It was an odd morning in court for those of us who have sat through the eight months of the phone-hacking trial. The familiar faces of Rebekah and Charlie Brooks, Cheryl Carter and Mark Hanna had gone to be replaced with five new defendants. Of the original seven charged only Andy Coulson remained.
The court itself also had changed. Due to the number of people in court journalists took over the jury box, and while the prosecution team was the same, a new set of bewigged defence barristers filled the well of the court. "The cast has changed but the play remains the same," one observer remarked.
The presiding judge, Mr Justice Saunders, entered the court just after 10am and those due to be sentenced - Greg Miskiw, Dan Evans, James Weatherup, Neville Thurlbeck, Andy Coulson and Glenn Mulcaire - stood up and confirmed their names. Andrew Edis QC, for the prosecution, began proceedings by telling the court that Coulson, along with former News of the World Royal editor Clive Goodman, would face a re-trial on charges of misconduct in a public office, two charges that the previous jury had failed to reach a verdict on. In a surprise move, the prosecution agreed, for legal reasons, to postpone the sentencing of former News of the World features writer Dan Evans, who was allowed to leave the court.
Edis then formally opened the case against the remaining defendants, telling the court that they were the "hub of the paper, highly paid and influential employees" of the News of the World. He told the court that they "utterly corrupted that newspaper which became at the highest level a thoroughly criminal enterprise". The prosecutor noted that the defendants had been involved in trying to trace the teenage killers of James Bulger, which due to a injunction, would be illegal on its own even if the methods used had been legal. The barrister then noted the distress the News of the World's invasions of privacy had caused to "hundreds of people".
The prosecution then went through the role that each of the defendants had played in phone-hacking. Weatherup, Thurlbeck and Miskiw were all news editors at the paper and had coordinated the operation. Glenn Mulcaire carried out the hacking and Andy Coulson, as editor, approved the payments, he said. Edis asked the judge to note that Mulcaire had already served six months for phone-hacking in 2007 and his current prosecution may be seen as "double jeopardy". However, Edis went on to say that this situation could have been avoided if Mulcaire had been honest then, suggesting that the mitigation statement he had made then was untrue. "It's a balance," he asked Justice Saunders to consider.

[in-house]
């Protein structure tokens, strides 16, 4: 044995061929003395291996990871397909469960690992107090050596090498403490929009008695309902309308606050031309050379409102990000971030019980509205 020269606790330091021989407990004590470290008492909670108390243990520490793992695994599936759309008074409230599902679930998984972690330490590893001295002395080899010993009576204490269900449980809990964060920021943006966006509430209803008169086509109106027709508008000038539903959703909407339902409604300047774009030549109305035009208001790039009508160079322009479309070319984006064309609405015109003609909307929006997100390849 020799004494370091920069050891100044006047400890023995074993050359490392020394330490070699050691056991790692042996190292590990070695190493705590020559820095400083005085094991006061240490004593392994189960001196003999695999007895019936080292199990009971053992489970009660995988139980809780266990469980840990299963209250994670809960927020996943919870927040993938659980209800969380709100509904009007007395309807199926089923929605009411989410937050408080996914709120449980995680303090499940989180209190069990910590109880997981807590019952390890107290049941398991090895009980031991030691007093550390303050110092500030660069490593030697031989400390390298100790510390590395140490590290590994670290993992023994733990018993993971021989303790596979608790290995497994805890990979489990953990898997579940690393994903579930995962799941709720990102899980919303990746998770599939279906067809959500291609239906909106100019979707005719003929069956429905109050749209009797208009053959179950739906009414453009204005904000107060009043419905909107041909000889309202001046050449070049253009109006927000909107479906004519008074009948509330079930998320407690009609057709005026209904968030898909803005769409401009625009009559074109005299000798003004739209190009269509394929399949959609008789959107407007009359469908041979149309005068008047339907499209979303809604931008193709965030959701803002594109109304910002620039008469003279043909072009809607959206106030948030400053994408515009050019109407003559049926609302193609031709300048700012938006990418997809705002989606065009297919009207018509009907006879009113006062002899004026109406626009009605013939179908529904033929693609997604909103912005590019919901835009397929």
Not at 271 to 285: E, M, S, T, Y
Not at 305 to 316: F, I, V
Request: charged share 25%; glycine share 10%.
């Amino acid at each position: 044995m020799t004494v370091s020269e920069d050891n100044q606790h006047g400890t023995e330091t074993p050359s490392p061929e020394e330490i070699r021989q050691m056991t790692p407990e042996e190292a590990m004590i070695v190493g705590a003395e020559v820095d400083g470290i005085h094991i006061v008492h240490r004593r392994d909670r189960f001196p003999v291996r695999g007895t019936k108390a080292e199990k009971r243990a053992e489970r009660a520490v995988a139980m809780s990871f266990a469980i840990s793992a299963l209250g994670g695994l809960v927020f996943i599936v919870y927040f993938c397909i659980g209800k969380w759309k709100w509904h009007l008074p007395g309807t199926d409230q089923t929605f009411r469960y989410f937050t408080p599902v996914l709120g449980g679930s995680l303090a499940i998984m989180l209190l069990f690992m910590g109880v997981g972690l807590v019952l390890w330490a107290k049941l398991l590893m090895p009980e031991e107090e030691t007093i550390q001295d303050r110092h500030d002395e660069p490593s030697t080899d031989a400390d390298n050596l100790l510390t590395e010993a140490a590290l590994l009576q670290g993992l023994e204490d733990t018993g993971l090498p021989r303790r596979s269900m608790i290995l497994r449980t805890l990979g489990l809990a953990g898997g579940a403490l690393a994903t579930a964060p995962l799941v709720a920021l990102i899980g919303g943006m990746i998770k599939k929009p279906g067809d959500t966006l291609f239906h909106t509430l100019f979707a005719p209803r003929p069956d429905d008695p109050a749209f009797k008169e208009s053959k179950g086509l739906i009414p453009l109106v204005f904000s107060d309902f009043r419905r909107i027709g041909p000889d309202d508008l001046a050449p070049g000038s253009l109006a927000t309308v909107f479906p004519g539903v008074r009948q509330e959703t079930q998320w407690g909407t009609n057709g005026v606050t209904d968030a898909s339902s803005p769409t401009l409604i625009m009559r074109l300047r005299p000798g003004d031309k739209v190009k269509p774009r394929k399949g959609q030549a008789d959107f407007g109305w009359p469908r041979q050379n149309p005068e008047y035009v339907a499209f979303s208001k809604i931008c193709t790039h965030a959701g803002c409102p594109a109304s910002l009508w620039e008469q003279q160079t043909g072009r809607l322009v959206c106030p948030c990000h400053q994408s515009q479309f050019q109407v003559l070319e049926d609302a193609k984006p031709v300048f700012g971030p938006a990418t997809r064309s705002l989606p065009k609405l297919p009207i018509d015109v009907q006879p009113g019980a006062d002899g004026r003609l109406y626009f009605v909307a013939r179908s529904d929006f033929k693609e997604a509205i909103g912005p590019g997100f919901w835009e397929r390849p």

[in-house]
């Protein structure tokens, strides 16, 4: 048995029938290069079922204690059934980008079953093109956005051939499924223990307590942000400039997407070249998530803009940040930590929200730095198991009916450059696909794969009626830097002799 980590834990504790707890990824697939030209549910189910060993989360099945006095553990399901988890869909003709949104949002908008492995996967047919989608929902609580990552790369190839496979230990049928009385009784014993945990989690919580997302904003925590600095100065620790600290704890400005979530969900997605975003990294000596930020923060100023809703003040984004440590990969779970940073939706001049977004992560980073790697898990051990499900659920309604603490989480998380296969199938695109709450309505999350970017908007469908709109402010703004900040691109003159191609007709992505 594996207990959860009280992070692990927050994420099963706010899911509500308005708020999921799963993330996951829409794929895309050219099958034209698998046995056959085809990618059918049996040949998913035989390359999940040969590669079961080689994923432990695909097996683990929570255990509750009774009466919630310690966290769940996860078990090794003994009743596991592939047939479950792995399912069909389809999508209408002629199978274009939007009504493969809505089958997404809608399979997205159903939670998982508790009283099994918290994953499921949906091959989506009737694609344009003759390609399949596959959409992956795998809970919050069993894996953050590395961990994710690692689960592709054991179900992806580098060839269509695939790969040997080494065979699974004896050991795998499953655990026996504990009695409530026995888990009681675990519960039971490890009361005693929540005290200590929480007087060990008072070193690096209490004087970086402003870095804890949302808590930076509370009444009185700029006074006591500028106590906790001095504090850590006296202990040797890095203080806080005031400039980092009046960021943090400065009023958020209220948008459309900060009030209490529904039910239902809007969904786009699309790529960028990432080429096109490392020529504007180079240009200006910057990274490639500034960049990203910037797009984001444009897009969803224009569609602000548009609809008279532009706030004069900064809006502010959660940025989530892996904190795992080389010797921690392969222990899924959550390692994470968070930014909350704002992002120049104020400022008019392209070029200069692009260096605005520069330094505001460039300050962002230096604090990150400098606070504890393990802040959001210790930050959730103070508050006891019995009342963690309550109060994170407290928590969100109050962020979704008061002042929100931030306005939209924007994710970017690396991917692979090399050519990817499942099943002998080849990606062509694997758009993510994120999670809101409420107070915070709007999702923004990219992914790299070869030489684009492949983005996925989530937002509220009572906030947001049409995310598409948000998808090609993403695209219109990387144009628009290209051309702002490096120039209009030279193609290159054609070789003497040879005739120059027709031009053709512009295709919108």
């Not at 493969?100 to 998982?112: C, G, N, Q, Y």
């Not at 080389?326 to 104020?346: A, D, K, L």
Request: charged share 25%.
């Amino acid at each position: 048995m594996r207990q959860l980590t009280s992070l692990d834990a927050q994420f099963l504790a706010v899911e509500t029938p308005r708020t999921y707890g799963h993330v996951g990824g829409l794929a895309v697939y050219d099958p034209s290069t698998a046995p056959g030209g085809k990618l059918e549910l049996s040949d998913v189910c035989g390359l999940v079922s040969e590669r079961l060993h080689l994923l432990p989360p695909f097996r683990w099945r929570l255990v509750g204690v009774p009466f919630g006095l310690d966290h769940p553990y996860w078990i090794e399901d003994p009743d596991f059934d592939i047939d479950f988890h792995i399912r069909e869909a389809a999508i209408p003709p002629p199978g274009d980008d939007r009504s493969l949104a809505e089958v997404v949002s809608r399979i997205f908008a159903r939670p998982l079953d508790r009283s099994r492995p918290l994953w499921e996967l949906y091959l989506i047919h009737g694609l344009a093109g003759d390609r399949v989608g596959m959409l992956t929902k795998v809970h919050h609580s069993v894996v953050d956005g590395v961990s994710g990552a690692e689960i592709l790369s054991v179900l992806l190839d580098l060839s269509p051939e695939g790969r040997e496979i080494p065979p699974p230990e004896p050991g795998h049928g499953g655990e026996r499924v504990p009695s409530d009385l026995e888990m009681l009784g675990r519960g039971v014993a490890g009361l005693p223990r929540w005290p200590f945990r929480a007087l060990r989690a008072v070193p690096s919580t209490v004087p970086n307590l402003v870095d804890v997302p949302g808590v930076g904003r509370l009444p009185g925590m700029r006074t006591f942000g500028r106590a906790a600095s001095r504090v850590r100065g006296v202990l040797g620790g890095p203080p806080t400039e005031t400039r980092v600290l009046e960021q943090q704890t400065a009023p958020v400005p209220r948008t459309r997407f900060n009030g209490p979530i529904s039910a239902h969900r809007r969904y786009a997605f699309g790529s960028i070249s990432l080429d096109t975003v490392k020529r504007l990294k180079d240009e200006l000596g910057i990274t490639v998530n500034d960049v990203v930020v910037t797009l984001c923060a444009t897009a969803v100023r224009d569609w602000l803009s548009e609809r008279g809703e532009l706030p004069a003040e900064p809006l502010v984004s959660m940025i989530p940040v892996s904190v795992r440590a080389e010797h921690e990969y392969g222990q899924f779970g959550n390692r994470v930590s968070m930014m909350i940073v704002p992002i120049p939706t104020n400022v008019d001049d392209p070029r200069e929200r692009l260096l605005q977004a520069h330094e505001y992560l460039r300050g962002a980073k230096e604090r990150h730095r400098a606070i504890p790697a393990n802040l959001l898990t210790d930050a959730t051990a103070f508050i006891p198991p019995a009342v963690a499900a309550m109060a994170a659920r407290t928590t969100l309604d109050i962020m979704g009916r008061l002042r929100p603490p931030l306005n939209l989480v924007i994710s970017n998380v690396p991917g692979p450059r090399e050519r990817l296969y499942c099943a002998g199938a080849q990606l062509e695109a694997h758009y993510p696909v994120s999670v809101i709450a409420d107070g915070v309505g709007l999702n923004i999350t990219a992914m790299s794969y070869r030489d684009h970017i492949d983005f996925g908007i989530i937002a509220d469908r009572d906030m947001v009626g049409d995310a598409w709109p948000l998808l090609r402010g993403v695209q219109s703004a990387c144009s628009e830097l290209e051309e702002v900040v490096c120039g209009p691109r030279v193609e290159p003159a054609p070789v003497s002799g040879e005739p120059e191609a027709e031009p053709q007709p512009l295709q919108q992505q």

Edis then asked the court to consider that the original Milly Dowler hacking was not on the murdered teenager's phone but that of her parents. The prosecutor said that as the motive for the hack was to locate the missing girl it was perhaps "less morally wicked than some others". However, the barrister asked the judge to consider that when the newspaper received information that Dowler may have been in Telford they withheld it from police, which, Edis said, meant that had she been alive it would have exposed Milly to "avoidable danger". He also noted that the paper's instructions to intercept the voicemails of then Fire Brigades Union leader Andy Gilchrist was "hacking in pursuit of a political agenda" as the paper was against the union taking industrial action.
The barrister then told the court that 2005/2006 was the "golden age of the hacking industry", saying that in the "frenzy of activity" mistakes started to be made and the former policy to never mention hacking on emails started to break down. The scale of voicemail interception, Edis said, was such that Glenn Mulcaire sent an email to staff entitled "overload", stating "no more please". The court was reminded that by this time Mulcaire was intercepting the voicemails of other News International staff including Coulson. Edis suggested that the former editor had, as a consequence, become "the victim of his own conspiracy".
Edis then told the court that he was applying to have the defendants repay costs of the trial which he said were £1.7m. Two thirds of the cost, he said, related to phone-hacking charges and some to defendants that had been acquitted. The prosecution barrister said that that he would be asking the court to recover £750,000 from those who had been found guilty. The maximum sentence the defendants face for their breach of the "Regulation of investigatory powers act", the court was told, is two years.
Gavin Miller QC, counsel for Glenn Mulcaire, then rose to make a speech in mitigation on behalf of his client. He told the court that his client had become "the personification" of phone-hacking that had led to "enormous pressure" being placed on him. Miller put it to the judge that Mulcaire had already served time in prison which had a "chastening effect" on him and was now unemployed. The convicted phone-hacker, the court was told, had been made bankrupt and had no assets other than his family home and was being "chased by creditors". Mulcaire, his counsel said, had admitted his responsibility over the Milly Dowler hacking and issued a public apology to her family. The court was told that Mulcaire believed at the time he had been tasked to intercept the voicemails by the police.